Back in August we posted an article on how to create a cabinet package veneered with graphics (photos, to be specific). We discussed all kinds of technical aspects, included a list of resources and covered what we learned from the process. Since then, we’re happy to announce that creativeLIVE Seattle has been completed. If you’re not familiar with what they do, here’s some cliff notes from their website:
creativeLIVE is about providing the best free, live creative education on the web. From our studio in Seattle’s South Lake Union neighborhood, we offer free online workshops in photography, video, web and graphic design, app development and a wide array of other creative topics. All of our live creative workshops are available to watch for free in realtime. Once a live workshop is over, we edit the best of this content into easily downloadable files available for purchase through our online store. It’s that simple.
It’s a pretty cool program going on over there and we’re honored to have designed and built the creativeLIVE headquarters. While there are many aspects of this project to cover (like the lighting), for today’s post we thought you might get a kick out of the finished cabinet graphic package.
The graphics were applied in three distinct areas: the kitchen, the men’s bathroom and the women’s bathroom. BUILD and creativeLIVE decided to go big and to got black & white. Here’s why:
1. CreativeLIVE is an arts-driven company. They’re forward-thinkers and this was something that none of us had done before. The attitude was “let’s go on an adventure and see what happens,” and we’re always enthusiastic for those opportunities.
2. The place should have a narrative. We wanted the space to tell a story and the kitchen seemed like a great space to do so. It’s the primary gathering area for CreativeLIVE where the staff, guests and audience have lunch, grab a doughnut and a cup of coffee, and just hang out. The large vintage photo of a classroom lined with diligent students doing arithmetic speaks to the nature of camaraderie, learning and the occasional spitball.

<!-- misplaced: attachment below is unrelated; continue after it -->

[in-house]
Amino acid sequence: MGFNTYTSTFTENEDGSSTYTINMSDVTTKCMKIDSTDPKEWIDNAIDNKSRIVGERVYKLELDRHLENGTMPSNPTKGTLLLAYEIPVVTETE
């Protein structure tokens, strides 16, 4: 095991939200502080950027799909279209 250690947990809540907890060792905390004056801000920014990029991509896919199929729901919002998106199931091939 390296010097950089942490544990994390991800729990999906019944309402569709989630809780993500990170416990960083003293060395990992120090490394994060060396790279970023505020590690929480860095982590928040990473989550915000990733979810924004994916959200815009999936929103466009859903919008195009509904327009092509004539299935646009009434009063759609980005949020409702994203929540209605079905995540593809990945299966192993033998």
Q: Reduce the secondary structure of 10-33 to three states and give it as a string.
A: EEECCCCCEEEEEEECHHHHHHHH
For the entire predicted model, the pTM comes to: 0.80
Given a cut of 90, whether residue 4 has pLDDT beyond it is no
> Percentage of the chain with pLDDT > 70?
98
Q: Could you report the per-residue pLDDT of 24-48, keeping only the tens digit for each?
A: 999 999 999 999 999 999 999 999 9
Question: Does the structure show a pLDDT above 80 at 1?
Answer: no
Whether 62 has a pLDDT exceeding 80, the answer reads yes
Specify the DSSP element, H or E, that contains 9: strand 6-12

3. They’re truly a fun tribe of people. Fun people have a healthy sense of humor and we all decided that places like the bathrooms shouldn’t be taken too seriously. As a self-referential move, the bathroom stalls were clad with classic Hollywood stars getting all slicked up on the set and in the dressing room. Admittedly, peeing in front of Cary Grant gives you the impression that social etiquette has really gone down the toilet.
4. Plant Easter Eggs to develop exploration. Many of the daily visitors to the space have never been there before. Pleasant little features like the cabinet graphics provide an element of serendipity and surprise around the building for people to discover. Navigating the building turns into curious exploration.
5. Use the ephemeral nature to benefit the design. The nature of a commercial tenant improvement is more transient than most projects (like a house), allowing more latitude with the architecture. The design doesn’t necessarily have to be timeless, it has the freedom to be — dare we say — stylish.
6. Everybody likes learning new things. This includes BUILD, SPD, creativeLIVE and the users of the space. While the process had its own set of unforeseen challenges, it’s always a perk to add another design badge to our scout uniforms.
Huge thanks to the hard working gents down at the Special Projects Division Cabinet Shop and to Blum for cranking out slick, modern cabinet hardware for this (and all of our cabinet packages). Credit also goes out to the Post-Intelligencer Collection, Museum of History and Industry for the school room image and to Magic Murals for the Hollywood set images.
Cheers from team BUILD